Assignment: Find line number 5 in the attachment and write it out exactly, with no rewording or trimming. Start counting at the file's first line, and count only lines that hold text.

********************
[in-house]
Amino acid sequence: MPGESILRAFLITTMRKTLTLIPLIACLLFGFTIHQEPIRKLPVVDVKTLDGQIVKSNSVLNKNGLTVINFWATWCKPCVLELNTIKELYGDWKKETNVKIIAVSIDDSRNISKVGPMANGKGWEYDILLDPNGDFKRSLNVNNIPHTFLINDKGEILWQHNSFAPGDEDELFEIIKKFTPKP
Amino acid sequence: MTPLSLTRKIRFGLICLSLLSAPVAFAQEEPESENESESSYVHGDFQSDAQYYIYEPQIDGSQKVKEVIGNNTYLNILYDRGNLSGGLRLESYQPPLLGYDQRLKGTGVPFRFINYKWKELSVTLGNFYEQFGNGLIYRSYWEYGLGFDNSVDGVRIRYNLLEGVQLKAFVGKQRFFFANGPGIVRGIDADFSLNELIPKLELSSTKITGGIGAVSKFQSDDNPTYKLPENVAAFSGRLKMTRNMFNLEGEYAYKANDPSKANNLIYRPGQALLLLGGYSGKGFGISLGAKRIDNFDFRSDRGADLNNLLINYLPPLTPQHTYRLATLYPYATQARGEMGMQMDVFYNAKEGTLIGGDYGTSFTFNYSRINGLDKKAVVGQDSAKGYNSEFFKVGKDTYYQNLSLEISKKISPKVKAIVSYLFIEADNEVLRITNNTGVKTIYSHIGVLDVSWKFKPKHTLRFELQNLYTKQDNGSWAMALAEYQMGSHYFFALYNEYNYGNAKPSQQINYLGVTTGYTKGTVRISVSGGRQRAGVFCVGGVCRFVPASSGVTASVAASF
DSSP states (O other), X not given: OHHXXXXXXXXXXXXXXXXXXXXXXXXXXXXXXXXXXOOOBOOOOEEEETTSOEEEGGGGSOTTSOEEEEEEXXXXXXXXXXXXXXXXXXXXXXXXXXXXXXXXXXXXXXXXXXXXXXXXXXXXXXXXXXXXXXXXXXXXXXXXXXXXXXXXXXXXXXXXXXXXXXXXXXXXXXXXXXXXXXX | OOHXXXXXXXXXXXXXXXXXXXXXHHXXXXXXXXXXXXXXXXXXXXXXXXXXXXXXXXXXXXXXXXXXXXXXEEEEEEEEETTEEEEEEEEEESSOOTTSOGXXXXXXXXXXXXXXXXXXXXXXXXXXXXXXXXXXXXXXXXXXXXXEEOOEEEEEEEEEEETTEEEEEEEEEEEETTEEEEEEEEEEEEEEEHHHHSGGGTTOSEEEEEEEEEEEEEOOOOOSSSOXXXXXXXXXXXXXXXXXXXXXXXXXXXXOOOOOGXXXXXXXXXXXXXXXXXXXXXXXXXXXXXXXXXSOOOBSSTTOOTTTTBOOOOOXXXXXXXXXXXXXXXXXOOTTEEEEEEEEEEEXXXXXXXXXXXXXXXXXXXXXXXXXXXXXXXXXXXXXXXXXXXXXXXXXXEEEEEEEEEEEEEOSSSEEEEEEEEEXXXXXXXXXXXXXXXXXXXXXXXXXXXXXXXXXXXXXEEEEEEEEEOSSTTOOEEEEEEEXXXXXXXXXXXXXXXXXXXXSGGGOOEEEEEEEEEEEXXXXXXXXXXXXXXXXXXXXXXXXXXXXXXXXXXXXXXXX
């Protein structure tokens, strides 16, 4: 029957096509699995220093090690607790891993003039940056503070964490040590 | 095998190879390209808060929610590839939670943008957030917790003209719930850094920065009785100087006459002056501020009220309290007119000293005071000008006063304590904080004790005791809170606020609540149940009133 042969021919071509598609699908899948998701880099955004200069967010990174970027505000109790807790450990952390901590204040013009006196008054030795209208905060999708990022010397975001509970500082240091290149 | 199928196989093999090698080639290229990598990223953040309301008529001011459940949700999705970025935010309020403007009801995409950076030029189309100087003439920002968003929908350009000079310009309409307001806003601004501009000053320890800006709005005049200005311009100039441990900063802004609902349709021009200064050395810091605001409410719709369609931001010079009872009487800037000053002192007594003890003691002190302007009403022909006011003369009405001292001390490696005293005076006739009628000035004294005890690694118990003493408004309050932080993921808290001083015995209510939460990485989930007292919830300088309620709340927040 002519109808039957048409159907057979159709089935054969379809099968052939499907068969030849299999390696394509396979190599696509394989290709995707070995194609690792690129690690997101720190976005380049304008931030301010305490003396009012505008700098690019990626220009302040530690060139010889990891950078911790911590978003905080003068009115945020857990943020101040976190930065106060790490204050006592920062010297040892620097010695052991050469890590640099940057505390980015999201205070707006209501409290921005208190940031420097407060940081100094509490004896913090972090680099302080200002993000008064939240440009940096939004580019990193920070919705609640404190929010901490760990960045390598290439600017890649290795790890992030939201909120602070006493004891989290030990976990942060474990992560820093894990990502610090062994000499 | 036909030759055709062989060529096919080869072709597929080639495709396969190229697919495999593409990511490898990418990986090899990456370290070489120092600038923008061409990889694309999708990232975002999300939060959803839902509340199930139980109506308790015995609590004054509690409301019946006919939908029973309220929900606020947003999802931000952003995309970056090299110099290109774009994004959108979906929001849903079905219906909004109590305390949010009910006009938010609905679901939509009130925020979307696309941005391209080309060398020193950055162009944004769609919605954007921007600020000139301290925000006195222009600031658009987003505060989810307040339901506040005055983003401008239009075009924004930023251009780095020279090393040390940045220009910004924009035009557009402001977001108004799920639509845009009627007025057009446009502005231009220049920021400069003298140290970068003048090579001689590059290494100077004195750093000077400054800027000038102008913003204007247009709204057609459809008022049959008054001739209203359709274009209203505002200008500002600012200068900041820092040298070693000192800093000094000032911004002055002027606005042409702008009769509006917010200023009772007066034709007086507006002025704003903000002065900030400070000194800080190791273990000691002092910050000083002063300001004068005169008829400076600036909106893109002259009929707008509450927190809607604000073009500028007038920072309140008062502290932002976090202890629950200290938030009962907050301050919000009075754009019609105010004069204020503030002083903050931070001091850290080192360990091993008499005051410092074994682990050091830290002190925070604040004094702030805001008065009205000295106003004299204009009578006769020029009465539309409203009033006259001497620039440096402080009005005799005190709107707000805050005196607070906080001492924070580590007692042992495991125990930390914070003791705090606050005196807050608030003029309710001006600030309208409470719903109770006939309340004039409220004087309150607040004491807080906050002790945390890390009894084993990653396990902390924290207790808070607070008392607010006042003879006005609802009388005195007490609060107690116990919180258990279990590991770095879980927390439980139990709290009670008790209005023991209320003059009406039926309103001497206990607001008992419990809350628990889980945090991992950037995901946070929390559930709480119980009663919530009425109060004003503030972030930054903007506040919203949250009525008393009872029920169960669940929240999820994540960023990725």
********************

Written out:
């Protein structure tokens, strides 16, 4: 029957096509699995220093090690607790891993003039940056503070964490040590 | 095998190879390209808060929610590839939670943008957030917790003209719930850094920065009785100087006459002056501020009220309290007119000293005071000008006063304590904080004790005791809170606020609540149940009133 042969021919071509598609699908899948998701880099955004200069967010990174970027505000109790807790450990952390901590204040013009006196008054030795209208905060999708990022010397975001509970500082240091290149 | 199928196989093999090698080639290229990598990223953040309301008529001011459940949700999705970025935010309020403007009801995409950076030029189309100087003439920002968003929908350009000079310009309409307001806003601004501009000053320890800006709005005049200005311009100039441990900063802004609902349709021009200064050395810091605001409410719709369609931001010079009872009487800037000053002192007594003890003691002190302007009403022909006011003369009405001292001390490696005293005076006739009628000035004294005890690694118990003493408004309050932080993921808290001083015995209510939460990485989930007292919830300088309620709340927040 002519109808039957048409159907057979159709089935054969379809099968052939499907068969030849299999390696394509396979190599696509394989290709995707070995194609690792690129690690997101720190976005380049304008931030301010305490003396009012505008700098690019990626220009302040530690060139010889990891950078911790911590978003905080003068009115945020857990943020101040976190930065106060790490204050006592920062010297040892620097010695052991050469890590640099940057505390980015999201205070707006209501409290921005208190940031420097407060940081100094509490004896913090972090680099302080200002993000008064939240440009940096939004580019990193920070919705609640404190929010901490760990960045390598290439600017890649290795790890992030939201909120602070006493004891989290030990976990942060474990992560820093894990990502610090062994000499 | 036909030759055709062989060529096919080869072709597929080639495709396969190229697919495999593409990511490898990418990986090899990456370290070489120092600038923008061409990889694309999708990232975002999300939060959803839902509340199930139980109506308790015995609590004054509690409301019946006919939908029973309220929900606020947003999802931000952003995309970056090299110099290109774009994004959108979906929001849903079905219906909004109590305390949010009910006009938010609905679901939509009130925020979307696309941005391209080309060398020193950055162009944004769609919605954007921007600020000139301290925000006195222009600031658009987003505060989810307040339901506040005055983003401008239009075009924004930023251009780095020279090393040390940045220009910004924009035009557009402001977001108004799920639509845009009627007025057009446009502005231009220049920021400069003298140290970068003048090579001689590059290494100077004195750093000077400054800027000038102008913003204007247009709204057609459809008022049959008054001739209203359709274009209203505002200008500002600012200068900041820092040298070693000192800093000094000032911004002055002027606005042409702008009769509006917010200023009772007066034709007086507006002025704003903000002065900030400070000194800080190791273990000691002092910050000083002063300001004068005169008829400076600036909106893109002259009929707008509450927190809607604000073009500028007038920072309140008062502290932002976090202890629950200290938030009962907050301050919000009075754009019609105010004069204020503030002083903050931070001091850290080192360990091993008499005051410092074994682990050091830290002190925070604040004094702030805001008065009205000295106003004299204009009578006769020029009465539309409203009033006259001497620039440096402080009005005799005190709107707000805050005196607070906080001492924070580590007692042992495991125990930390914070003791705090606050005196807050608030003029309710001006600030309208409470719903109770006939309340004039409220004087309150607040004491807080906050002790945390890390009894084993990653396990902390924290207790808070607070008392607010006042003879006005609802009388005195007490609060107690116990919180258990279990590991770095879980927390439980139990709290009670008790209005023991209320003059009406039926309103001497206990607001008992419990809350628990889980945090991992950037995901946070929390559930709480119980009663919530009425109060004003503030972030930054903007506040919203949250009525008393009872029920169960669940929240999820994540960023990725």